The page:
Hamid calls for the U.S., working with other countries, presumably local Arab nations and Turkey, to take the initiative to intervene in and stabilize Syria. He sees this happening in two steps. First, to enable the rebels to better defend themselves, this American-led coalition would send light arms and more advanced weaponry. Second, the coalition would create safe havens, or "liberated zones," along Syria's border with Turkey. To accomplish this and defend these areas, Hamid admits, airpower, a naval blockade, and even troops (from Arab countries or Turkey) could be required.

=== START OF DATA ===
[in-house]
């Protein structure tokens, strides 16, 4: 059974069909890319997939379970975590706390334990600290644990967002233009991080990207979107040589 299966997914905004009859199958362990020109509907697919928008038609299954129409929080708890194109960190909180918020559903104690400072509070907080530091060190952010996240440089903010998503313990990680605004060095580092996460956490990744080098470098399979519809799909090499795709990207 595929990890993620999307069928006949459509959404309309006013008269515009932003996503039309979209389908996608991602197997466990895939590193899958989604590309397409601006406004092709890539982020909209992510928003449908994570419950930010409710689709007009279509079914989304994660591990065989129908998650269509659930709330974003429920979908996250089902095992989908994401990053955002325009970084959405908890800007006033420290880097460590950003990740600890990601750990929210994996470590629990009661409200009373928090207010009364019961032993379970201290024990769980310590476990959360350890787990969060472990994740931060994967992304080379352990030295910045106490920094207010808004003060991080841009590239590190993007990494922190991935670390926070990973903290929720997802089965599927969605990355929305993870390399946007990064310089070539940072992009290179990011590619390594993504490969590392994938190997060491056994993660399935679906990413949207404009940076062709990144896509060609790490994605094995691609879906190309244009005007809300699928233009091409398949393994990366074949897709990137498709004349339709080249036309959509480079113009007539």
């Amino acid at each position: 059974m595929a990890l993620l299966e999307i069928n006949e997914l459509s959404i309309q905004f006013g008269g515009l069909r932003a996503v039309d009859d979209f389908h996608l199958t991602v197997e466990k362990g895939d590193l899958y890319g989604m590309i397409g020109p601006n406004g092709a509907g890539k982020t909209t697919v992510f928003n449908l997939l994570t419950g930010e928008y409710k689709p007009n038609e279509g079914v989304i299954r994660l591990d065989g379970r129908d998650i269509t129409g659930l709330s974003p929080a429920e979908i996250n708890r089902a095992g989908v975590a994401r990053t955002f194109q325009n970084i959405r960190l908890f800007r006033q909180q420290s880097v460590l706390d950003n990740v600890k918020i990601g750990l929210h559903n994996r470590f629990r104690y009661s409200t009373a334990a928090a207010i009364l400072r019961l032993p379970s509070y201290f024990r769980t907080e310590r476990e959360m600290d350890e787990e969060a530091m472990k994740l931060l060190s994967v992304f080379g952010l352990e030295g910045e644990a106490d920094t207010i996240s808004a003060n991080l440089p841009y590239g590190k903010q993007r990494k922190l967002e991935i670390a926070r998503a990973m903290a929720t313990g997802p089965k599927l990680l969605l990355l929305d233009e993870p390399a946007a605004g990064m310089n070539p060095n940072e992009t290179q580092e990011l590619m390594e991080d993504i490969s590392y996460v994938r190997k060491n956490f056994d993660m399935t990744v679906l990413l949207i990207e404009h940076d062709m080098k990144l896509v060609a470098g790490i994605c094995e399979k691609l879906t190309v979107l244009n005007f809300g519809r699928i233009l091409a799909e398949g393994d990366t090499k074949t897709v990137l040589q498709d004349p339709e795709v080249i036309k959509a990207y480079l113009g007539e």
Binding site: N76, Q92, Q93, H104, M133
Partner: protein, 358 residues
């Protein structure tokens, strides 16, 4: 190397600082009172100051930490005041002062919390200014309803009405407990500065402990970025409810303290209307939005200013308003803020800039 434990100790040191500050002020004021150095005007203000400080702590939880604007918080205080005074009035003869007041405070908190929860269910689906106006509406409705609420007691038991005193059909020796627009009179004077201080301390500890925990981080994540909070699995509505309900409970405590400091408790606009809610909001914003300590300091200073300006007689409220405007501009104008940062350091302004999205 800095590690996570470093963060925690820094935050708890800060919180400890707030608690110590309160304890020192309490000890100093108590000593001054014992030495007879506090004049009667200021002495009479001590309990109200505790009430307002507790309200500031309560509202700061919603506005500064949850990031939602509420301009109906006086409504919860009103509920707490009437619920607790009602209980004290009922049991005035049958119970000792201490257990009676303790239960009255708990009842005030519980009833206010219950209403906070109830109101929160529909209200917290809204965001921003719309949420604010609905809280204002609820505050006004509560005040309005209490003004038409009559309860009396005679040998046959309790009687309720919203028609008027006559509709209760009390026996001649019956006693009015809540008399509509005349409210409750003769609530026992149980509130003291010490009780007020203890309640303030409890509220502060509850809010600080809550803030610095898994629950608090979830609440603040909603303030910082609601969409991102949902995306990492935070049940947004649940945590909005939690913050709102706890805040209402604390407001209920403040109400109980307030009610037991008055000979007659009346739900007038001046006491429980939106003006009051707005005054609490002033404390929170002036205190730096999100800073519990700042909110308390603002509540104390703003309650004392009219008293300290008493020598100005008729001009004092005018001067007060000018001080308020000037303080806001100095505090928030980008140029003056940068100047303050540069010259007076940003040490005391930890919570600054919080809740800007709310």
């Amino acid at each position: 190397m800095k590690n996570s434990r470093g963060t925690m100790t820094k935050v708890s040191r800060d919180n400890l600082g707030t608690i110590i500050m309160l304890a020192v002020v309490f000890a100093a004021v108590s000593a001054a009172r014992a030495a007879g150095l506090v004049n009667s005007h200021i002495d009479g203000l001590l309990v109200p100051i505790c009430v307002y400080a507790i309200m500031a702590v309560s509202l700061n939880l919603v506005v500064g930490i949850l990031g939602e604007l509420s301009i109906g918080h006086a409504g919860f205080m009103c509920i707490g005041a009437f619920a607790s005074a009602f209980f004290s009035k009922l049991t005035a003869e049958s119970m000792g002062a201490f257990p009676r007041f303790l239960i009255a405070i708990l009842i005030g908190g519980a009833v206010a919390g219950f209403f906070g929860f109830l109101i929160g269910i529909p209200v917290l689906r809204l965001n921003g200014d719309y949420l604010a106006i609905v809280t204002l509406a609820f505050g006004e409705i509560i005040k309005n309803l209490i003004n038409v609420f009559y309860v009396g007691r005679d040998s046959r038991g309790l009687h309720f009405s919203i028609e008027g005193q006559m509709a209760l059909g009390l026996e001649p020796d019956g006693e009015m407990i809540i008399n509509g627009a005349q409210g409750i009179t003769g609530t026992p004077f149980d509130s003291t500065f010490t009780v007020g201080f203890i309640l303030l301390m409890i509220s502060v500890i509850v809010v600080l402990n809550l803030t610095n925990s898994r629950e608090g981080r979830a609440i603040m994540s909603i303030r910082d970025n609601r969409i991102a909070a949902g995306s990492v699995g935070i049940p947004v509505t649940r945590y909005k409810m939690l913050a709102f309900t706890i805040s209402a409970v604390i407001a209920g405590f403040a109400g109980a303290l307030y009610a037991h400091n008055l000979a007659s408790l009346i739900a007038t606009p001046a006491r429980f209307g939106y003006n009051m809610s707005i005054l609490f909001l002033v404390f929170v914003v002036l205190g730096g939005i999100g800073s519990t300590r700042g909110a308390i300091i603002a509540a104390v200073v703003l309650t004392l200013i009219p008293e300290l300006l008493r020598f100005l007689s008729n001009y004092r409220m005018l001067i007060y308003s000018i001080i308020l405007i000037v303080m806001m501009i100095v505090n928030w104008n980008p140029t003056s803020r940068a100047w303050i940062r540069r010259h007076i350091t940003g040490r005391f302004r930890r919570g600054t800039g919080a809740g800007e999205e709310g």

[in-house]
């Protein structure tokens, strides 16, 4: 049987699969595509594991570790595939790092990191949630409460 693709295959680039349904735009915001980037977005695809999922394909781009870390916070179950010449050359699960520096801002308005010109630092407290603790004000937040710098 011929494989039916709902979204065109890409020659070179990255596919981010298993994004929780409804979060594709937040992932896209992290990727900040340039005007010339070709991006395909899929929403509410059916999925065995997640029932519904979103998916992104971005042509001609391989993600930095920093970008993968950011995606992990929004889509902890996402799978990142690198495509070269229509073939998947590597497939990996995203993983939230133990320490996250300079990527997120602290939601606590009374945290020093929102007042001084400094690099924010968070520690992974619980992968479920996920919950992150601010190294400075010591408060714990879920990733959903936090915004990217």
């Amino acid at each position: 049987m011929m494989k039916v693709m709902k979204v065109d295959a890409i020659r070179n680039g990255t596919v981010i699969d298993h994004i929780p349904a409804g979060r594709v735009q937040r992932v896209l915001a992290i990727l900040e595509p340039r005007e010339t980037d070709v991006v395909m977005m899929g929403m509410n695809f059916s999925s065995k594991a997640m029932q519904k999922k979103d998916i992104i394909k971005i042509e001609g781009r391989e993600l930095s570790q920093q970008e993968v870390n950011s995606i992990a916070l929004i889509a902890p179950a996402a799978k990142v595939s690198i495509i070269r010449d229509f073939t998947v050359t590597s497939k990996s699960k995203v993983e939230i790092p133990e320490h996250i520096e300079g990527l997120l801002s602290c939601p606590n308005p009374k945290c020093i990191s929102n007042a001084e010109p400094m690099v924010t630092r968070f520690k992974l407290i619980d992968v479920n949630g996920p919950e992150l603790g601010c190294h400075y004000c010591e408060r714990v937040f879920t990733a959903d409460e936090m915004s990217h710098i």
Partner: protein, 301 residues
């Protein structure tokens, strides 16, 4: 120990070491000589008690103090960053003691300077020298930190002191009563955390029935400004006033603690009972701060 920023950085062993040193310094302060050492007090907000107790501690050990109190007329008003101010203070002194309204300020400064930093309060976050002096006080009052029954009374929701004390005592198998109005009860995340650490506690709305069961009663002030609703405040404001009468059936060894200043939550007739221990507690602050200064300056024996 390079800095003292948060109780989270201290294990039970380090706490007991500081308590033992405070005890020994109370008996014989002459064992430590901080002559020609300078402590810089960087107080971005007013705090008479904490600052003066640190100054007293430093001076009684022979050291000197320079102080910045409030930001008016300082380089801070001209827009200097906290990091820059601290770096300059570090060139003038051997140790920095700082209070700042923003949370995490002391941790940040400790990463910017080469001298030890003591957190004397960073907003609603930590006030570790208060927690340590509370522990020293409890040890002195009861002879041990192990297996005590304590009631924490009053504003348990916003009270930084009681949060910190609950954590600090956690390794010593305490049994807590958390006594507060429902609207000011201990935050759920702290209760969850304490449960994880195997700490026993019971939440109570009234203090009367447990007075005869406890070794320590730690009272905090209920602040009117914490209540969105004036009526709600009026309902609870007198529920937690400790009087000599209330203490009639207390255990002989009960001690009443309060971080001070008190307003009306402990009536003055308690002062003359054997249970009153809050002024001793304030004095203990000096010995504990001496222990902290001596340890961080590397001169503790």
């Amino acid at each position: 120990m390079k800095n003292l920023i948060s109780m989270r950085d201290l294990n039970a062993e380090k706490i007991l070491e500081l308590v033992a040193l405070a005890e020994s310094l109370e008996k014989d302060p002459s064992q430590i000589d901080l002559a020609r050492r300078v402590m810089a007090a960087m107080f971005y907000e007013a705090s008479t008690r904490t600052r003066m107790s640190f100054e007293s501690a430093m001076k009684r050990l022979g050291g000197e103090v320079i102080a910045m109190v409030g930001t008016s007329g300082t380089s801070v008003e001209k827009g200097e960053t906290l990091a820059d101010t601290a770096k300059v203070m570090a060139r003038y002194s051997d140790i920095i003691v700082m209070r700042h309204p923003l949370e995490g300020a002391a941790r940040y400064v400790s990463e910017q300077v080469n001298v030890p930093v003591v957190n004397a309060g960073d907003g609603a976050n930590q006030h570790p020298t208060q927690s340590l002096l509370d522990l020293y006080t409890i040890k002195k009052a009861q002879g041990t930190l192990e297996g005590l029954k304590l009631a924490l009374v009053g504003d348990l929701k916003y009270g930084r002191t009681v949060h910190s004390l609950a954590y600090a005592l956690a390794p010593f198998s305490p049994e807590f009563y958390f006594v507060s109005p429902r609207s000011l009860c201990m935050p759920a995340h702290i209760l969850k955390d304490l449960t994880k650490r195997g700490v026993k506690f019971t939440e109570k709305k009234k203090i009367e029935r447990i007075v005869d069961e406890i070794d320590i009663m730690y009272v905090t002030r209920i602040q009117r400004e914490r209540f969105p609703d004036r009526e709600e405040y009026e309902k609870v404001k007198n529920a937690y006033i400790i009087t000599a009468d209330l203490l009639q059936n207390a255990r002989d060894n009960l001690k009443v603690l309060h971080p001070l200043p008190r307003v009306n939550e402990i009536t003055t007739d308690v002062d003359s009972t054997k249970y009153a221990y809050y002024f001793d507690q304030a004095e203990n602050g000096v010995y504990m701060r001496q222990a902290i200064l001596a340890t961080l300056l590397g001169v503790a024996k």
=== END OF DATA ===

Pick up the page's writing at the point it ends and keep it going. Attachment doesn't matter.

The goal, according to Hamid, isn't regime change, but "to demonstrate international resolve, encourage regime defections and compel the Syrian government to alter its calculations about the use of force." More specifically, he believes a strong and committed intervention can demonstrate to Assad and his cronies that they can't win by using force and violence, which might put sufficient pressure on the regime to back down. It might cause Assad to come to the negotiating table or, at a minimum, agree to a cease-fire. The idea is that murderous tyrants like are only going to start being a part of the solution when they are confronted with overwhelming coercive power.